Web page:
Now I managed to get to VidCon safely, sort myself out and attend one panel with my friend Eleana, do some interview stuff with my friend Trenton and nervously and somewhat anxiously talk to Jessica until my anxiety from last night had returned. At this point, it was reaching lunch time and I had run into Simon and we went Tesco, headed back to my room and I had a small sigh of relief that I was in a safe space again. My room was my sanctuary, and a social prison. After Lunch, and after Simon left I begun writing this exact post before getting distracted by the new season of Dragon Prince (check it out on Netflix, non-spon) and then wiping my makeup off. I returned to a lot of people's dismay that my makeup was gone.
"Why did you take it off?" "Oh but it was good!"
It was safe to say I never revealed why truly till I sat with my good queer friends Gemma & Ellen for food at around 5pm where we discussed what had happened the night before. I had removed my makeup because I was scared. I didn't feel safe with it on, and as someone who loves makeup - especially as someone who is male-presenting, it broke me a bit. Slowly as the evening went by I was divided by staying in or going out until I got a message from a friend. I went to the place they said the were at, and then they weren't. No biggy right? Wrong.
In minutes of getting to the Wetherspoons, I had glares and stares - I had people in the smoking area looking at me like I was an idiot - one of them actually saying loudly "look at that pansie twat". I was left alone for 10 minutes, until my friend told me they weren't there. 10 Minutes. Of glares and snide comments to friends - and this was just dressed femme, let alone without makeup.
I walked out, on the phone to my friend and then after 5 minutes of trying to navigate where I was, not being from there or having been there before. I was done. I got on the tube, made my way back to my hotel and it was at that moment I was caught by another friend Ellen (different Ellen to prior Ellen) crying in the elevator up to my room. I walked in, where my friend Mickey comforted me and after I while I asked him to leave because I didn't want to ruin his evening with some of our other friends who were waiting for him.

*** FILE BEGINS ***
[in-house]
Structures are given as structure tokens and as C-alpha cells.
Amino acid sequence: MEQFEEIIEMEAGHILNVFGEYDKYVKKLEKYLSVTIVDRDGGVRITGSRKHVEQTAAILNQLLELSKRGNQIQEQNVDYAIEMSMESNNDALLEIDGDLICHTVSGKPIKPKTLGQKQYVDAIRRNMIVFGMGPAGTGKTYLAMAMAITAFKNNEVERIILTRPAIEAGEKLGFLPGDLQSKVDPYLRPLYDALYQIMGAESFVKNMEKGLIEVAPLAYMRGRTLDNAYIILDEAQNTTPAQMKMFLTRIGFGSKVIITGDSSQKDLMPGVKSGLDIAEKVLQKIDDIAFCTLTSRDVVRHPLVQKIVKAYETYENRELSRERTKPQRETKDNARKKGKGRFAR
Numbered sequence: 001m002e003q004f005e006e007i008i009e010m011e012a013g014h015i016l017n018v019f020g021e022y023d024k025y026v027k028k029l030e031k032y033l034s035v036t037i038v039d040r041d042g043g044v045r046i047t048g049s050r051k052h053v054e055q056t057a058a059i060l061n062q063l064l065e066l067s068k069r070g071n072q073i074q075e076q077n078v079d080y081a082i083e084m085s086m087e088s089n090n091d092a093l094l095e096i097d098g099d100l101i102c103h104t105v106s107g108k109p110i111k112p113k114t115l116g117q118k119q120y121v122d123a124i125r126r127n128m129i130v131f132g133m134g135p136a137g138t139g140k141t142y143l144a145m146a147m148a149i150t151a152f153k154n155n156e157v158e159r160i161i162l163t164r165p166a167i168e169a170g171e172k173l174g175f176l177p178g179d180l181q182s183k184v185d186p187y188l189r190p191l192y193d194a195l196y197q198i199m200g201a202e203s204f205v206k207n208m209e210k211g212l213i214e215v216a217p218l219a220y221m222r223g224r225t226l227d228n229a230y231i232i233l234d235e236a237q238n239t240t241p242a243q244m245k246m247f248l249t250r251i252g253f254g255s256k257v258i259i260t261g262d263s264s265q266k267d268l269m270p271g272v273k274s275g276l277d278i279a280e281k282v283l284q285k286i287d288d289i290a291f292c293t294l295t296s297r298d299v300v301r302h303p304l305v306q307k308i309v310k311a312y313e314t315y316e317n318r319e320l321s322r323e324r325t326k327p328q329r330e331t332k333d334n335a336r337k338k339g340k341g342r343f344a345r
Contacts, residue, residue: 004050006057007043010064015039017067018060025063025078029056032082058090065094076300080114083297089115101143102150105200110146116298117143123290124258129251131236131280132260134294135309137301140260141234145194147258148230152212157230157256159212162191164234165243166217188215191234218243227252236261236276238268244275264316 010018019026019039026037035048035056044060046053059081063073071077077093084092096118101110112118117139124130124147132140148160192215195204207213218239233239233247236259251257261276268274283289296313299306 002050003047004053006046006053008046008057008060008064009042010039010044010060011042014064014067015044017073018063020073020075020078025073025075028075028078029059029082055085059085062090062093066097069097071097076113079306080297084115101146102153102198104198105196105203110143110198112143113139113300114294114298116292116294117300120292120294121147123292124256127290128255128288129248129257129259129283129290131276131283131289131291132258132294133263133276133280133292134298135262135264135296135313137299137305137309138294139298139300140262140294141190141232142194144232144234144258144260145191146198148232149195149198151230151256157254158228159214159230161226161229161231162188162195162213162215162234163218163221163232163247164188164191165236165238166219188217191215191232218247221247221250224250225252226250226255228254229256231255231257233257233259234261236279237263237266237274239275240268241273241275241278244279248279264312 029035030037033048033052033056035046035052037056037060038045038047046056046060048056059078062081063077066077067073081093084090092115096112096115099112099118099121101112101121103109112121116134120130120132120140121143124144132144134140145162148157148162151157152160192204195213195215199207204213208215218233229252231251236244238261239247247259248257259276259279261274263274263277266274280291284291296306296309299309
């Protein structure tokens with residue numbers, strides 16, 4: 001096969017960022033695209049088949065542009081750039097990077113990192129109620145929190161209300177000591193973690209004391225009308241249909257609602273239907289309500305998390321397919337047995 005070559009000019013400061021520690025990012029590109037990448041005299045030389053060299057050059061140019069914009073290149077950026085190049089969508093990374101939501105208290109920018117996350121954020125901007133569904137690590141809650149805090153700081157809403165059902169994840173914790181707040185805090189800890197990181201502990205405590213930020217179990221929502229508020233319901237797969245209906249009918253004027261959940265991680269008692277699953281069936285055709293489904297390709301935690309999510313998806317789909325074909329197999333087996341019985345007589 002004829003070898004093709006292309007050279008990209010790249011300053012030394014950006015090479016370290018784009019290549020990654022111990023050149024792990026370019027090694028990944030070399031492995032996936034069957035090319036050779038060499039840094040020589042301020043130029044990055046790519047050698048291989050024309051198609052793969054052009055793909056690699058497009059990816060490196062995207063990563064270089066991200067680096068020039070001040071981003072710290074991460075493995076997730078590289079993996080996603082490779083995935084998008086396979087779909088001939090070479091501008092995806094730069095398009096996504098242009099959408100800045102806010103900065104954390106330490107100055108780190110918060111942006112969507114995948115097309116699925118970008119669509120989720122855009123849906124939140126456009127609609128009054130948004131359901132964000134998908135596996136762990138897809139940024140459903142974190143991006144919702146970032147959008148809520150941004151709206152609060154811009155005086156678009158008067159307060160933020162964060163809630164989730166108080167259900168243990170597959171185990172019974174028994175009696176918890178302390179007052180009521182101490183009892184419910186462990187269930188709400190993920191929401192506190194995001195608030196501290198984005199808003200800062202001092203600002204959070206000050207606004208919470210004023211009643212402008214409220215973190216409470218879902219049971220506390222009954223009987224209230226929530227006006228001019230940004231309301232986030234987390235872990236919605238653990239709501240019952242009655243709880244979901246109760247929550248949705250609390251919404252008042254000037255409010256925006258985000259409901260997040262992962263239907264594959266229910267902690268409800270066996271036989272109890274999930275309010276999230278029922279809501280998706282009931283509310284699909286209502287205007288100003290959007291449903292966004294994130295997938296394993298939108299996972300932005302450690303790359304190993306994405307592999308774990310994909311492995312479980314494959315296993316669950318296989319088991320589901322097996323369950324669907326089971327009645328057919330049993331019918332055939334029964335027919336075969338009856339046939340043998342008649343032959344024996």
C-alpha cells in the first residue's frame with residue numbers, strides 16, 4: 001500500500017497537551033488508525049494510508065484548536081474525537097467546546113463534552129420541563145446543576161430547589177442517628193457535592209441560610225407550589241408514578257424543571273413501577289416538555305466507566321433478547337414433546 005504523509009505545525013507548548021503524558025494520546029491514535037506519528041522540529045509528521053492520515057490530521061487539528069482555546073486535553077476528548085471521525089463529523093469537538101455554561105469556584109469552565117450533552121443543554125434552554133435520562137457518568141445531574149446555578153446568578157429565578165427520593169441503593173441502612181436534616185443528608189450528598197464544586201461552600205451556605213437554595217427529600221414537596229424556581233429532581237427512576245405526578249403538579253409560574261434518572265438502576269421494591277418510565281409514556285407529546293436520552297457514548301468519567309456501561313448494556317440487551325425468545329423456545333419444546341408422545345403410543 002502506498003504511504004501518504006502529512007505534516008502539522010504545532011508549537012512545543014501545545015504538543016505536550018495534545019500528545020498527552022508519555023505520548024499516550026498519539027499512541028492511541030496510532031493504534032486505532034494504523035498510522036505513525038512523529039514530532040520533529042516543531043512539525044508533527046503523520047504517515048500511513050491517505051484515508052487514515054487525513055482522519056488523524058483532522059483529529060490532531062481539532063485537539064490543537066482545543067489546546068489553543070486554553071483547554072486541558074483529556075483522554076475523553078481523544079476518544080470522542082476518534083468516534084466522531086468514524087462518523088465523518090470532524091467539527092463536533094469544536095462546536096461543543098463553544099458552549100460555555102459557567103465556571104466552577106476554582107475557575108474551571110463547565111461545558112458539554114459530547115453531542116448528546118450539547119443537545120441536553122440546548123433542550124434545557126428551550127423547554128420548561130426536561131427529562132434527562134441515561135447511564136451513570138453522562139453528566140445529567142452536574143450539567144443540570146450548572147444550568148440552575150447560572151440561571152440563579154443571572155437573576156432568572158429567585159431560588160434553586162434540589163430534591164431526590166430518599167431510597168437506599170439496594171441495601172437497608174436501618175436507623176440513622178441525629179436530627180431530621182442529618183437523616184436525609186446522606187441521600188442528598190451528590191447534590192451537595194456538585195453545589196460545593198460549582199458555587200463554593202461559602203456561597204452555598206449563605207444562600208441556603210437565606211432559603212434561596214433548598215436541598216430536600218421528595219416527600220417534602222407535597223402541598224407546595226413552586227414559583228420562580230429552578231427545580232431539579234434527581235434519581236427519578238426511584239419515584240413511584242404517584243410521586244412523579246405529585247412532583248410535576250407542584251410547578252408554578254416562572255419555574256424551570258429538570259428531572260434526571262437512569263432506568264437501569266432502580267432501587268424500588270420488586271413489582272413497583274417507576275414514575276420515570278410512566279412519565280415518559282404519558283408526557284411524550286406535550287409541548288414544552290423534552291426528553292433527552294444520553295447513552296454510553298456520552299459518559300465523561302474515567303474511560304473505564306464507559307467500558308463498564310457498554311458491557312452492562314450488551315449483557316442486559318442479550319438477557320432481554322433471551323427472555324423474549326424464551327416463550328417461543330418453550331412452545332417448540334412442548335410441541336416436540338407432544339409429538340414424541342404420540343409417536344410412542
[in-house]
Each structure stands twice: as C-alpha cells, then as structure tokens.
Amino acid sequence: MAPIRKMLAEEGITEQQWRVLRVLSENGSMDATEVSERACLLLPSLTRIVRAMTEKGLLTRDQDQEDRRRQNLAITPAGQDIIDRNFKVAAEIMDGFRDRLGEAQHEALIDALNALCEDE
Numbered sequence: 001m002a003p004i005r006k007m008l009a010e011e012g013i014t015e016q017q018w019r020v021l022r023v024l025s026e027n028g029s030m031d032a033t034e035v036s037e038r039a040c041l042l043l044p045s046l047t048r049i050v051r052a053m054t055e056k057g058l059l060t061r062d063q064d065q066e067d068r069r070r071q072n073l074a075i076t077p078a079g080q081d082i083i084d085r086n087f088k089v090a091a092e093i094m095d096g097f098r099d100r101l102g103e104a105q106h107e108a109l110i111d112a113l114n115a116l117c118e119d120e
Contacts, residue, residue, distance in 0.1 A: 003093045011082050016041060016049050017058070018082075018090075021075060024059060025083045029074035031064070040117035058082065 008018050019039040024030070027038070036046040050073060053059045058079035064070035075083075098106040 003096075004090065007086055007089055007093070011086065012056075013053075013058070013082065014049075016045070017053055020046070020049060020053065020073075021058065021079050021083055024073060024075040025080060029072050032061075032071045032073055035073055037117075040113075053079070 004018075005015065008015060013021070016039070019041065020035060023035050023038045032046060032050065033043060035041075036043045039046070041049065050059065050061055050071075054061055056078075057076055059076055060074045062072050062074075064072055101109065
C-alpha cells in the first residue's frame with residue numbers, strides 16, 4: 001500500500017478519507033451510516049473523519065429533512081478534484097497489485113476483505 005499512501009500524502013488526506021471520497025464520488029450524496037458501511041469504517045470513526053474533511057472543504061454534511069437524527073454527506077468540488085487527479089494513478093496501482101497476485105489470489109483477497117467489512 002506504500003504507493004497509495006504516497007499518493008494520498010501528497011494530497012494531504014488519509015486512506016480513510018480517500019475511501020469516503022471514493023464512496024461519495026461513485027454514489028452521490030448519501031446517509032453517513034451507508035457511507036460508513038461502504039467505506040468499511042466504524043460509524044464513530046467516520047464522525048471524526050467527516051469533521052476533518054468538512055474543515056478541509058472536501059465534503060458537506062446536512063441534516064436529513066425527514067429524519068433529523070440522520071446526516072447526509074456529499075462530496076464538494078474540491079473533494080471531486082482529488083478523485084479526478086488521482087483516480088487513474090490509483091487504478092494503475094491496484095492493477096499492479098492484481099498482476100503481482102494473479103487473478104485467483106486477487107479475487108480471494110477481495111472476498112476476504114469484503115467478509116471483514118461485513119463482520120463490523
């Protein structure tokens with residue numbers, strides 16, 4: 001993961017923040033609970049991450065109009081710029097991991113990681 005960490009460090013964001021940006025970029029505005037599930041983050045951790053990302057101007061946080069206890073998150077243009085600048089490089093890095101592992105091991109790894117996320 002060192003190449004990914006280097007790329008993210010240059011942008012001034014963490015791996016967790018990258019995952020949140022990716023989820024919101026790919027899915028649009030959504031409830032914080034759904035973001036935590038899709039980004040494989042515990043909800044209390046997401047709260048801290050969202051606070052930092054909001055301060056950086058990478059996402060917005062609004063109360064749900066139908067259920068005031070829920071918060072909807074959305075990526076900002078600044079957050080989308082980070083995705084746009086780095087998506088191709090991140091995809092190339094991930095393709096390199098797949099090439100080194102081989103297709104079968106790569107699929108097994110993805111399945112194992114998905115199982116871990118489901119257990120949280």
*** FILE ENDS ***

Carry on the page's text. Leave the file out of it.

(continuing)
I sobbed for a good 30 minutes before messaging Gemma again, and afterwards seeing Lydia who gave me a hug.
I had experienced homophobia before; but never on a scale to the point where I felt confined to a small room. All I've thought throughout this experience is, in every single of these situations I've found myself in over the last 2 days, where has been that protection? Why am i being subjected to this when it says I have rights to not be discriminated?
Because rights, as it turns out - doesn't offer protection: it's people. Throughout this, the one thing that I've learnt and that I'm grateful for is that so many of my friends, and in some instances strangers treated me with protection and safety and love. But they won't always be there - so as a minority within the society, we need to do more than fighting for rights because at the end of the day, the enemy we're up against has more than our piece of paper that says "don't hurt us in any way", and most of the time don't care that there even is a piece of paper out there that states that discrimination of LGBTQ+ people is illegal.
I hope that, while I have been traumatised by this experience through my anxiety, and the damage it's done to my confidence, I won't stop being who I am now more than ever, but I won't be idle about the problems our community face either.